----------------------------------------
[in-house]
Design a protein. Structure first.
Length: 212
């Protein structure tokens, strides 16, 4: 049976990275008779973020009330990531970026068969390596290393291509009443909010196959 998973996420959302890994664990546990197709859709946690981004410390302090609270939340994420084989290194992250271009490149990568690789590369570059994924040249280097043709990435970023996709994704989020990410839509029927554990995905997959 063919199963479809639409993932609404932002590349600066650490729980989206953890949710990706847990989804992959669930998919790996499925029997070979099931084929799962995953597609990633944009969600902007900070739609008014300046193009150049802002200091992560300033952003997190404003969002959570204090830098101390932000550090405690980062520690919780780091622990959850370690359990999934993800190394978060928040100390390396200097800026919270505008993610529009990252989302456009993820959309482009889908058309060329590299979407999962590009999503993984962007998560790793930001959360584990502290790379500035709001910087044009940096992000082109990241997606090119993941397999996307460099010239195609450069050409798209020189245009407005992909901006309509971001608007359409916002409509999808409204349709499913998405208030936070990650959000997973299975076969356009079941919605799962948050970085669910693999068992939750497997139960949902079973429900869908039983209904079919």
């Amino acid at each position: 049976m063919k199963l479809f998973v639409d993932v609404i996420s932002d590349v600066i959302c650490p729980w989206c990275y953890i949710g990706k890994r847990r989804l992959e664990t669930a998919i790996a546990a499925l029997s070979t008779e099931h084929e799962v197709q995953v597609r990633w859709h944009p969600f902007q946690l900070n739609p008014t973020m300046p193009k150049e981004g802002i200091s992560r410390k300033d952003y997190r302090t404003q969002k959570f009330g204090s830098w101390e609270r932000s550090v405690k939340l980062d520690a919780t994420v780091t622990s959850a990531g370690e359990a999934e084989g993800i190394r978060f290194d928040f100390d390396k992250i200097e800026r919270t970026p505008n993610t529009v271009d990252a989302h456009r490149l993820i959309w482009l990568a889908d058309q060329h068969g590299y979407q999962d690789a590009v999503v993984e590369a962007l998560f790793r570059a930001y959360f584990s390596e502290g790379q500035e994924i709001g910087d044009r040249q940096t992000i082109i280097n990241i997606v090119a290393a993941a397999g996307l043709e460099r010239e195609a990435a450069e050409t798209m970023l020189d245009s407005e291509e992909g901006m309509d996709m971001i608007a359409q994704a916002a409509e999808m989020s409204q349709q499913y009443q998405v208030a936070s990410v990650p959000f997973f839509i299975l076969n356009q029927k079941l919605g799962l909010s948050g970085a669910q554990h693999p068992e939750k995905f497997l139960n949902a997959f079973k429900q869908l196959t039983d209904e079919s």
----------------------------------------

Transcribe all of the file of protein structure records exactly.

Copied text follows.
[in-house]
Design a protein. Structure first.
Length: 212
């Protein structure tokens, strides 16, 4: 049976990275008779973020009330990531970026068969390596290393291509009443909010196959 998973996420959302890994664990546990197709859709946690981004410390302090609270939340994420084989290194992250271009490149990568690789590369570059994924040249280097043709990435970023996709994704989020990410839509029927554990995905997959 063919199963479809639409993932609404932002590349600066650490729980989206953890949710990706847990989804992959669930998919790996499925029997070979099931084929799962995953597609990633944009969600902007900070739609008014300046193009150049802002200091992560300033952003997190404003969002959570204090830098101390932000550090405690980062520690919780780091622990959850370690359990999934993800190394978060928040100390390396200097800026919270505008993610529009990252989302456009993820959309482009889908058309060329590299979407999962590009999503993984962007998560790793930001959360584990502290790379500035709001910087044009940096992000082109990241997606090119993941397999996307460099010239195609450069050409798209020189245009407005992909901006309509971001608007359409916002409509999808409204349709499913998405208030936070990650959000997973299975076969356009079941919605799962948050970085669910693999068992939750497997139960949902079973429900869908039983209904079919």
């Amino acid at each position: 049976m063919k199963l479809f998973v639409d993932v609404i996420s932002d590349v600066i959302c650490p729980w989206c990275y953890i949710g990706k890994r847990r989804l992959e664990t669930a998919i790996a546990a499925l029997s070979t008779e099931h084929e799962v197709q995953v597609r990633w859709h944009p969600f902007q946690l900070n739609p008014t973020m300046p193009k150049e981004g802002i200091s992560r410390k300033d952003y997190r302090t404003q969002k959570f009330g204090s830098w101390e609270r932000s550090v405690k939340l980062d520690a919780t994420v780091t622990s959850a990531g370690e359990a999934e084989g993800i190394r978060f290194d928040f100390d390396k992250i200097e800026r919270t970026p505008n993610t529009v271009d990252a989302h456009r490149l993820i959309w482009l990568a889908d058309q060329h068969g590299y979407q999962d690789a590009v999503v993984e590369a962007l998560f790793r570059a930001y959360f584990s390596e502290g790379q500035e994924i709001g910087d044009r040249q940096t992000i082109i280097n990241i997606v090119a290393a993941a397999g996307l043709e460099r010239e195609a990435a450069e050409t798209m970023l020189d245009s407005e291509e992909g901006m309509d996709m971001i608007a359409q994704a916002a409509e999808m989020s409204q349709q499913y009443q998405v208030a936070s990410v990650p959000f997973f839509i299975l076969n356009q029927k079941l919605g799962l909010s948050g970085a669910q554990h693999p068992e939750k995905f497997l139960n949902a997959f079973k429900q869908l196959t039983d209904e079919s």